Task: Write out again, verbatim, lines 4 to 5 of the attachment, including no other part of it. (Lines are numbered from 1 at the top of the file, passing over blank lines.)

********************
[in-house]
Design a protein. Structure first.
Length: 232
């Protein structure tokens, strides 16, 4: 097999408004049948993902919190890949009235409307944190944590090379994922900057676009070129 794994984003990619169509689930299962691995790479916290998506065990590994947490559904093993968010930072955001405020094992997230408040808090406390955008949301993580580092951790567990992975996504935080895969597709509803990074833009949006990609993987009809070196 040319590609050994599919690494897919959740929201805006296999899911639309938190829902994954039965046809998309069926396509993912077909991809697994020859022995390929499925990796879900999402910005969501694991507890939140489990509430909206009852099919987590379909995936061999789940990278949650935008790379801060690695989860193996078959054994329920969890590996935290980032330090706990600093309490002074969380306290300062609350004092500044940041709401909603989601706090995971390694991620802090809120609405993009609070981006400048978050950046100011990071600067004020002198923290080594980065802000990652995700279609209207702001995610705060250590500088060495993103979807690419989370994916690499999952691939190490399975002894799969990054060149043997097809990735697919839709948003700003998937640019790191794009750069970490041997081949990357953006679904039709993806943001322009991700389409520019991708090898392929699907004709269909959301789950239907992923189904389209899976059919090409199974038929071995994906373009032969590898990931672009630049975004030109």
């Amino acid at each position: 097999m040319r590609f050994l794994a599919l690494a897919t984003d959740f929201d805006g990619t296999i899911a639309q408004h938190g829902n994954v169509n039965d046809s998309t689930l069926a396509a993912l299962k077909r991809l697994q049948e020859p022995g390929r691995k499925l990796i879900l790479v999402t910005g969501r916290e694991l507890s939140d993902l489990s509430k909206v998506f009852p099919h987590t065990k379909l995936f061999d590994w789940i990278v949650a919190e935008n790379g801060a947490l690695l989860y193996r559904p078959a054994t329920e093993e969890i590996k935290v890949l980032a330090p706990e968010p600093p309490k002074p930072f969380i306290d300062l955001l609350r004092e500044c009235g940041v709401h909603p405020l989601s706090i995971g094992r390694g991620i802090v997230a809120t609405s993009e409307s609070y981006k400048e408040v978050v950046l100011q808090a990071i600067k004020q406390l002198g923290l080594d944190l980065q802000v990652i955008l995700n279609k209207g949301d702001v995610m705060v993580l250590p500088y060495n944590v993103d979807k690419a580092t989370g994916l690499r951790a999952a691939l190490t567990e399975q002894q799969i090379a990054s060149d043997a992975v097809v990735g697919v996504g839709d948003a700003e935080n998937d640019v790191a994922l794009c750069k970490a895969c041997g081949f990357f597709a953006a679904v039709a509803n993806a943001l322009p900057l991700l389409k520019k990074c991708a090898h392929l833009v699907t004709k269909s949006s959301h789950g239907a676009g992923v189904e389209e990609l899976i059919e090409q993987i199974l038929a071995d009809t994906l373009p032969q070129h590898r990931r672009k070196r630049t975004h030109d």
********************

């Protein structure tokens, strides 16, 4: 097999408004049948993902919190890949009235409307944190944590090379994922900057676009070129 794994984003990619169509689930299962691995790479916290998506065990590994947490559904093993968010930072955001405020094992997230408040808090406390955008949301993580580092951790567990992975996504935080895969597709509803990074833009949006990609993987009809070196 040319590609050994599919690494897919959740929201805006296999899911639309938190829902994954039965046809998309069926396509993912077909991809697994020859022995390929499925990796879900999402910005969501694991507890939140489990509430909206009852099919987590379909995936061999789940990278949650935008790379801060690695989860193996078959054994329920969890590996935290980032330090706990600093309490002074969380306290300062609350004092500044940041709401909603989601706090995971390694991620802090809120609405993009609070981006400048978050950046100011990071600067004020002198923290080594980065802000990652995700279609209207702001995610705060250590500088060495993103979807690419989370994916690499999952691939190490399975002894799969990054060149043997097809990735697919839709948003700003998937640019790191794009750069970490041997081949990357953006679904039709993806943001322009991700389409520019991708090898392929699907004709269909959301789950239907992923189904389209899976059919090409199974038929071995994906373009032969590898990931672009630049975004030109």
């Amino acid at each position: 097999m040319r590609f050994l794994a599919l690494a897919t984003d959740f929201d805006g990619t296999i899911a639309q408004h938190g829902n994954v169509n039965d046809s998309t689930l069926a396509a993912l299962k077909r991809l697994q049948e020859p022995g390929r691995k499925l990796i879900l790479v999402t910005g969501r916290e694991l507890s939140d993902l489990s509430k909206v998506f009852p099919h987590t065990k379909l995936f061999d590994w789940i990278v949650a919190e935008n790379g801060a947490l690695l989860y193996r559904p078959a054994t329920e093993e969890i590996k935290v890949l980032a330090p706990e968010p600093p309490k002074p930072f969380i306290d300062l955001l609350r004092e500044c009235g940041v709401h909603p405020l989601s706090i995971g094992r390694g991620i802090v997230a809120t609405s993009e409307s609070y981006k400048e408040v978050v950046l100011q808090a990071i600067k004020q406390l002198g923290l080594d944190l980065q802000v990652i955008l995700n279609k209207g949301d702001v995610m705060v993580l250590p500088y060495n944590v993103d979807k690419a580092t989370g994916l690499r951790a999952a691939l190490t567990e399975q002894q799969i090379a990054s060149d043997a992975v097809v990735g697919v996504g839709d948003a700003e935080n998937d640019v790191a994922l794009c750069k970490a895969c041997g081949f990357f597709a953006a679904v039709a509803n993806a943001l322009p900057l991700l389409k520019k990074c991708a090898h392929l833009v699907t004709k269909s949006s959301h789950g239907a676009g992923v189904e389209e990609l899976i059919e090409q993987i199974l038929a071995d009809t994906l373009p032969q070129h590898r990931r672009k070196r630049t975004h030109d």